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Law Derived from the European Union (Wales) Act 2018

Section 4 – Restatement and continuation of EU derived enactments

55.This section gives the Welsh Ministers the power to restate and continue in effect the domestic legislation applicable in Wales in devolved subjects that is derived from EU law or relates to the EU or EEA for some or all purposes.

56.Section 4(1) specifies that the power in section 4(2) applies to enactments, as defined in section 20(1), which in some way operate to implement EU law obligations or relate otherwise to the EU or the EEA. On leaving the EU there could be doubt over whether enactments which presupposed membership of the EU would continue to work effectively. The same doubts could also apply to enactments which relate or refer to the EU or EEA.

57.The power in section 4(2) addresses this doubt. It does so by enabling the Welsh Ministers, by regulations, to

  • repeal or revoke such enactments and to restate them (subsection (2)(a)), and

  • disapply enactments and subsequently restate them (subsection (2)(b)).

58.Repeal or revocation of an enactment occurs when the enactment ceases to be part of the law of a jurisdiction. Wales remains part of the unified jurisdiction of England and Wales, despite devolution. This means that laws which apply only in relation to Wales technically form a part of the law recognised by the courts of England and Wales. Enactments that apply only to Wales, either in or under Acts of Parliament or in or under Acts of the National Assembly for Wales, and which include subject matter wholly within devolved competence are the kinds of enactments that can be repealed or revoked under subsection (2)(a).

59.Where an enactment applying to Wales also applies to England or it contains severable subject-matter that is not devolved to the National Assembly for Wales, it cannot be repealed or revoked under the power in subsection (2)(a). Subsection (2)(b) is intended to cover this type of enactment, which, given the limitations of devolved competence, will need to be disapplied in relation to Wales or in relation to devolved subject-matter (the disapplication being given effect by amendments to the enactment).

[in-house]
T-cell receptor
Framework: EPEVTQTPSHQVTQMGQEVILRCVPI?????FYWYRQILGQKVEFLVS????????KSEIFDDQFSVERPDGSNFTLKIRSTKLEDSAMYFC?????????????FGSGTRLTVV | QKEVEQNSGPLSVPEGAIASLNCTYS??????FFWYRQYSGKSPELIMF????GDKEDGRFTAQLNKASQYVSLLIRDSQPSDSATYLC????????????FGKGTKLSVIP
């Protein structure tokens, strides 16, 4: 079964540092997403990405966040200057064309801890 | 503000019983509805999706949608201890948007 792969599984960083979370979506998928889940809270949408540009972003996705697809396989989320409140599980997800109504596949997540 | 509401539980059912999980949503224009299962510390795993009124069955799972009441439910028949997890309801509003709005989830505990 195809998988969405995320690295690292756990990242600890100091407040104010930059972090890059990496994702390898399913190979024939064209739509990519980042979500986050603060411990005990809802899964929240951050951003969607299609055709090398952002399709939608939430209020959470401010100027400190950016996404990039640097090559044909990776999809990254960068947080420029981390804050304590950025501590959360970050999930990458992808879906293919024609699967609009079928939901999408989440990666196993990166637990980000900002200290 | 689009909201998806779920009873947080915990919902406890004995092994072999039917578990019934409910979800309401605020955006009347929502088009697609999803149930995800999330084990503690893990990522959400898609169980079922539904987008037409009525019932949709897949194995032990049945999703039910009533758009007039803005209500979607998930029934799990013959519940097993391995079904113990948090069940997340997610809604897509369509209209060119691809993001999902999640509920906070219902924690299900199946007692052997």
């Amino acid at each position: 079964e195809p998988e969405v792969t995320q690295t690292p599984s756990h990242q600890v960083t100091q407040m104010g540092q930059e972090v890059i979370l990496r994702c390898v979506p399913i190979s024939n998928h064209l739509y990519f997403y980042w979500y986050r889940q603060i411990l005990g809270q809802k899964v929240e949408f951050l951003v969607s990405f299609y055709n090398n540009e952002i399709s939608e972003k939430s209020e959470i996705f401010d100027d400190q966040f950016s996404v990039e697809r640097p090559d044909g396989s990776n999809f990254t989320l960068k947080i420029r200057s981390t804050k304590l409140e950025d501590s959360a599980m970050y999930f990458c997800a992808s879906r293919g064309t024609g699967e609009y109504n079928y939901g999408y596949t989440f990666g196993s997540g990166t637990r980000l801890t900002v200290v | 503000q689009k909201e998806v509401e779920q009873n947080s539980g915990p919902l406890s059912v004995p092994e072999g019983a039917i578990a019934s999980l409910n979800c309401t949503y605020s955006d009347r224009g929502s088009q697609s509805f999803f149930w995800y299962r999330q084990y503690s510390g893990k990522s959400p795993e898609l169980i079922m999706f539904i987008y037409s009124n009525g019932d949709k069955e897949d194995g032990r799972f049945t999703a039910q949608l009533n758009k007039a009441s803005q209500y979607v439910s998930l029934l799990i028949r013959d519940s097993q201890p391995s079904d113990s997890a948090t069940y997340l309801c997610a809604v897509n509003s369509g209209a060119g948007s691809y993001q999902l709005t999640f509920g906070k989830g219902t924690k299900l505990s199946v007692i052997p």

60.Many of the enactments covered by section 4 will require corrections to ensure that they can continue to operate effectively after the withdrawal of the UK from the EU. The powers in paragraphs (c) and (d) of subsection (2) enable the Welsh Ministers to restate the enactments with the modifications necessary to achieve this aim.

61.Section 4(2)(e) enables the Welsh Ministers to make further provision in connection with restatement. For example, this could include provision in relation to powers contained in EU directives to make EU tertiary legislation (see subsection (5)(f)). In such circumstances the EU directive will have been implemented in domestic legislation, but the power to make EU tertiary legislation will not form part of domestic law. The power to make EU tertiary legislation is needed to ensure the EU directive can be implemented effectively. This could include powers to update technical aspects of an EU directive to reflect practical, scientific or technological developments. Section 4(2)(e) therefore enables the Welsh Ministers to recreate those powers domestically so as to ensure the full legislative scheme can operate effectively after the UK withdraws from the EU.

62.Section 4(3) enables the Welsh Ministers to make regulations so that subordinate legislation made under enactments which are repealed, revoked or disapplied in relation to Wales by virtue of section 4(2) continues to have effect. Alternatively, section 4(2) could be used to restate the subordinate legislation in question. The Welsh Ministers will be able to decide whether to deal with such subordinate legislation under the powers in section 4(2) or (3). Subordinate legislation which continues to have effect in this way may also be modified to ensure it operates effectively.

63.As with section 3, section 4 sets out a non-exhaustive list of the type of modifications envisaged as being necessary to ensure the effective operation of the restated enactment. Specific examples include: